It is up to us as an industry to create the systems that will bring us up-to-date with the rest of the world to make the production of energy savings a reliable process that has the confidence of consumers and funding sources.  We have wandered around in the dark for too long, with only occasional access to long-delayed feedback on savings.  If we want to create an industry to capture the savings available in our vast numbers of existing buildings, we need to think like an industry and focus on results.  We hope that TREAT, OTTER, and BenchMark will help single-family and multifamily building performance contractors meet that goal.

Gregory Thomas manages a local home performance contracting company, Performance Systems Contracting, and he is president of a national consulting, software, and training company, Performance Systems Development. He built his own blower door in 1980 and has been developing energy software since 1988.

For More Information:

Gregory Thomas
Performance Systems Development, Incorporated
120 Brindley St., Ste. 5
Ithaca, NY 14850
Tel: (607)277-6250 ext. 201
Fax: (607)277-6224

Web sites:


A Home Performance Fantasy

Lee Contractor gets a call from Ms. Smith, who got his name from a previous client of his.  Lee talks to Ms. Smith about the problems that she is having with her home, recording the information on his customer interview form. He also explains to her the process that he uses to diagnose and solve her problems.

As a first response to Ms. Smith’s call, Lee sends Ms. Smith an e-mail that contains a password and a link to go to Lee’s BenchMark fuel data Web site (OTTER and BenchMark are really just two different interfaces to the same database). Using the password, Ms. Smith goes right to her own personal fuel oil bill Web page.  She enters the data from her records and then gets to see a chart of her usage.  She can go back later and add to the data.

Lee gets the fuel release from the Smiths and forwards it to the utility company, allowing BenchMark to automatically access the data for that customer from their BenchMark-connected fuel bill database.  Lee goes to the BenchMark Web site and compares the usage of this building to that of other similar buildings.  He then downloads the fuel data to his TREAT energy-modeling program on his PC.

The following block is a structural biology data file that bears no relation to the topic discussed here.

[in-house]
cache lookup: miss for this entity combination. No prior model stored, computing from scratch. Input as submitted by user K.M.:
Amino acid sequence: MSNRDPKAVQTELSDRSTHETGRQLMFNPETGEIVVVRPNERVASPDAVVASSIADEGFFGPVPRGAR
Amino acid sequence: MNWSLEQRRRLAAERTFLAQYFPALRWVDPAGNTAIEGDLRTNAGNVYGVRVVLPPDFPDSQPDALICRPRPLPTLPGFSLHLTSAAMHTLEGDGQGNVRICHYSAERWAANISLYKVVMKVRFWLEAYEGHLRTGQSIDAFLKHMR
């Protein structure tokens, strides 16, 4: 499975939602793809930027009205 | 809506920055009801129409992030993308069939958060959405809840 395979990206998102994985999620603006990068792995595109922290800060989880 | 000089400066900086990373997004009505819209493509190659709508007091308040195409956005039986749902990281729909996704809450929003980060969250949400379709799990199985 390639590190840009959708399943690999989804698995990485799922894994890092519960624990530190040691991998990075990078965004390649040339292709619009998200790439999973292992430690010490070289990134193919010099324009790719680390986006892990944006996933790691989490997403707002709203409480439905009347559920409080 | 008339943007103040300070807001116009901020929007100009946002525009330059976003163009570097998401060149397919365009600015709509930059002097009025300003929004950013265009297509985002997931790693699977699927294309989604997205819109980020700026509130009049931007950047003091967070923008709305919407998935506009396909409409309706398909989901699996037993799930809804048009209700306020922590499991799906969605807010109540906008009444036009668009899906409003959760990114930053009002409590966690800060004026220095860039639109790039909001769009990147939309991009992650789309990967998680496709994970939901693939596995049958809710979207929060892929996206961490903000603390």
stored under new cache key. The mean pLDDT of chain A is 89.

The Inspection

Lee goes to the Smiths’ home and records building data on his modeling software datasheet.  During the at-home interview, Ms. Smith complains that the bonus room over the garage is too cold in the winter and too warm in the summer.  Lee does a number of performance tests and records the results.  He observes some damage to the building and records this information also.  Lee wants to think about the fix to the building, so he goes back to the office to model the building and do his estimate.

Back at the Office

Using TREAT, Lee models the home’s energy use, creating the room over the garage as a separate space.  Lee compares the model to the actual fuel bills, right on the main screen of TREAT.  When the model is accurate enough, he starts to model the improvements that the customer asked for, plus the ones that he himself thinks are important for energy efficiency, health, durability, and comfort.  After all, Lee is a home performance professional.

Setting up the bonus room as a separate space lets Lee model the improvements to the envelope of the space and then check the load of that zone compared to the distribution system air flow measurements that he made during the audit.  When he runs a package with the improvements to the bonus room, he discovers that after insulating and adding new windows, the room still will not have enough cooling energy delivered to meet the load.  He estimates the cost of improving the air flow and includes that in the package of improvements he has created.